Democratic presidential nominee Joe Biden’s lead over Donald Trump has surged to a record 17 points as the US election enters its final sprint, an Opinium Research and Guardian opinion poll shows.
Some 57% of likely voters intend to vote for Biden, while just 40% say they will vote for the incumbent president, the survey shows.
The 17-point gap is even bigger than than 57%-41% margin found by CNN earlier this month. It is just short of the lead in the popular vote that Ronald Reagan enjoyed in his second landslide victory in 1984. Four years later, Democratic nominee Michael Dukakis led George HW Bush by 17 points only to suffer defeat, but that poll was taken in July so Bush had ample time to recover.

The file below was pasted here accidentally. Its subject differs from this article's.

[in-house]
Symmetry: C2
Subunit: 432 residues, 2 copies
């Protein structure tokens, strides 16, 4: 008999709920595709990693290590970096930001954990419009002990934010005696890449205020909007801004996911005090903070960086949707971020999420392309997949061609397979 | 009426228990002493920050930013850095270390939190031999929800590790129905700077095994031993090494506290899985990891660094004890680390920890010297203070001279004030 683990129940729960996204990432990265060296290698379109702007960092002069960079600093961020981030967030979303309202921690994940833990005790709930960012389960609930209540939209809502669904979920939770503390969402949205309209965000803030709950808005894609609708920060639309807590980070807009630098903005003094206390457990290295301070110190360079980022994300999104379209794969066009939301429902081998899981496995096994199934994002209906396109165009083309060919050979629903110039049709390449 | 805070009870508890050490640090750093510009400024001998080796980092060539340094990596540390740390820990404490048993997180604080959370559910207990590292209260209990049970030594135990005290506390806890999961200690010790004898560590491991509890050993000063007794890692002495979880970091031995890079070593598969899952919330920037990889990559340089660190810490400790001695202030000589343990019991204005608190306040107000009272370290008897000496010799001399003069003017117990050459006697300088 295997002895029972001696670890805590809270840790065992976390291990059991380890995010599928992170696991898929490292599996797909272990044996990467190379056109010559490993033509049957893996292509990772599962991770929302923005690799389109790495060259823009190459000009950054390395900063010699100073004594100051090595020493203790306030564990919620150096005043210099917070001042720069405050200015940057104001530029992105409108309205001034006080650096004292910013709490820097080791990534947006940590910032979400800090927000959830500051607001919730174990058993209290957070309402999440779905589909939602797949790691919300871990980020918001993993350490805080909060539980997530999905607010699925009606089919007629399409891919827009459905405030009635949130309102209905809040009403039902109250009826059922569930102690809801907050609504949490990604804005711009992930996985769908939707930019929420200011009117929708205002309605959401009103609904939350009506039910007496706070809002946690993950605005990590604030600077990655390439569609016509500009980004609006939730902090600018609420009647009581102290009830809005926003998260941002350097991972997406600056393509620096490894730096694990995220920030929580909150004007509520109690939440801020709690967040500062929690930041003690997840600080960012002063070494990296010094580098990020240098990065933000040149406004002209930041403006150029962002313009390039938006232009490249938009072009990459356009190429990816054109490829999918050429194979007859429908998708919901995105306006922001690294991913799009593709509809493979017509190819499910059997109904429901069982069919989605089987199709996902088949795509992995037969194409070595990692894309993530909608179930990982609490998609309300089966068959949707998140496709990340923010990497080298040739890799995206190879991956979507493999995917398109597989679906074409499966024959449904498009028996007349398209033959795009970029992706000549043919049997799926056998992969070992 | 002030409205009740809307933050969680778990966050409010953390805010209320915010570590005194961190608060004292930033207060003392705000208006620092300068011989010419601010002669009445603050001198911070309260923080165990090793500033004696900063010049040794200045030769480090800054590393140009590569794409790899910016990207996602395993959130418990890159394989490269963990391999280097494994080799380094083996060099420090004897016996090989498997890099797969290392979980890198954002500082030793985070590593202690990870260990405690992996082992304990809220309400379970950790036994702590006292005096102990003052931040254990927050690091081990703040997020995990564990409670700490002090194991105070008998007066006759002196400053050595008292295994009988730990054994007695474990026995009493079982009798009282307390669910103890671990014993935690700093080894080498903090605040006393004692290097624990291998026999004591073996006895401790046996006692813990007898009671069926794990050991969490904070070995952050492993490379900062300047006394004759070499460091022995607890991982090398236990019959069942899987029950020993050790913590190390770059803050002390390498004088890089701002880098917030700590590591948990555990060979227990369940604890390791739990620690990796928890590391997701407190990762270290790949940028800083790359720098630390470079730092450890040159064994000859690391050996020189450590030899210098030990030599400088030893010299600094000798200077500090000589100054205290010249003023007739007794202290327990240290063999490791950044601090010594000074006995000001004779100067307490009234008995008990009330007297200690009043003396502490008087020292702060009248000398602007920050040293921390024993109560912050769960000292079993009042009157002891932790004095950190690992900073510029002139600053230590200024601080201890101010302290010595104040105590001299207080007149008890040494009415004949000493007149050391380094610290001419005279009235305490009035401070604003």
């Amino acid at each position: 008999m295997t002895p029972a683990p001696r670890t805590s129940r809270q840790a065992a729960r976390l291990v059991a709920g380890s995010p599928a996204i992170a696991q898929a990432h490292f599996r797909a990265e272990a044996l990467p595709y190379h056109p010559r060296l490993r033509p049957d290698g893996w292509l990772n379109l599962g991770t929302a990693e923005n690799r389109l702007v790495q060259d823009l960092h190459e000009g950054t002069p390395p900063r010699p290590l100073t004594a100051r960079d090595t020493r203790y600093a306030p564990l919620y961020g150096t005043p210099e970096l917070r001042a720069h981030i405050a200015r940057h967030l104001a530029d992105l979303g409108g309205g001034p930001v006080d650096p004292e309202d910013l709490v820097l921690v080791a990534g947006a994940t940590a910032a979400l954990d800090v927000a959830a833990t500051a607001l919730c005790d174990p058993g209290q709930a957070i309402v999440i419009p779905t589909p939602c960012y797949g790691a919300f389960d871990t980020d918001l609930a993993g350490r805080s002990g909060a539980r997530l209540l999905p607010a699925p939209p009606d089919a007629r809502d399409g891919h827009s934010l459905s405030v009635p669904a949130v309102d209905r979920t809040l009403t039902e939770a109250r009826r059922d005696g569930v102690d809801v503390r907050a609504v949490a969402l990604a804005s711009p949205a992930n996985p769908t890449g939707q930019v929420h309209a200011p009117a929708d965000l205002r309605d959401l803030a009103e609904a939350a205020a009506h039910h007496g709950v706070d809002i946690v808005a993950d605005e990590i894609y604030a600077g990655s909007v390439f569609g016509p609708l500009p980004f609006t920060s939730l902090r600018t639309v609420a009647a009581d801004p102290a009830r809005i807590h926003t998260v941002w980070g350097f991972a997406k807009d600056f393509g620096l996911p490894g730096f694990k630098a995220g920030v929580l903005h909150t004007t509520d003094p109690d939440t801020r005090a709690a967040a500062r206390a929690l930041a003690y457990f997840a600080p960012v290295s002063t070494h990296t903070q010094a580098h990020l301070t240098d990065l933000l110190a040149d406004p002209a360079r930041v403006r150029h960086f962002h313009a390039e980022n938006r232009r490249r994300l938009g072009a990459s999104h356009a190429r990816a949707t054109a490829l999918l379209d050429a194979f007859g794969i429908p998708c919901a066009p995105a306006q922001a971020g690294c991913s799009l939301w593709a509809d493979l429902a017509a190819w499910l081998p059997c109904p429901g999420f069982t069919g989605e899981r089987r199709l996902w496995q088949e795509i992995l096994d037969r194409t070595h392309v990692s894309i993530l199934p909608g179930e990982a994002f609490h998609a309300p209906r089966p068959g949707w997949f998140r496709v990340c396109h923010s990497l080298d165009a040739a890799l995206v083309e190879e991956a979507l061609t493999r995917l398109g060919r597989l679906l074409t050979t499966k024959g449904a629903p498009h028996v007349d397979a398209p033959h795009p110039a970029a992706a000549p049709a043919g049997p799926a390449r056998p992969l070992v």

With election day just three weeks away and millions of votes already cast, some Republicans fear a rout in the races for the presidency, Senate and House of Representatives. Ed Rollins, who advises a pro-Trump super political action committee, told the New York Times: “The president’s political environment is terrible. It’s an uphill battle.”
Asked by the Times if Trump can still turn things around, Rollins replied: “It’s cooked.”
Opinium’s findings for the Guardian suggest that a hectic month that saw the death of the supreme court justice Ruth Bader Ginsburg, Trump’s disastrous debate performance and a White House outbreak of coronavirus that infected the president himself swung the pendulum decisively in Democrats’ favour.
Biden has gained five percentage points among undecided voters since September. Democrats also injected momentum into existing supporters, with voters for Biden now more likely to turn out, up from 75% in September to 82% this month.
Read the original article at The Guardian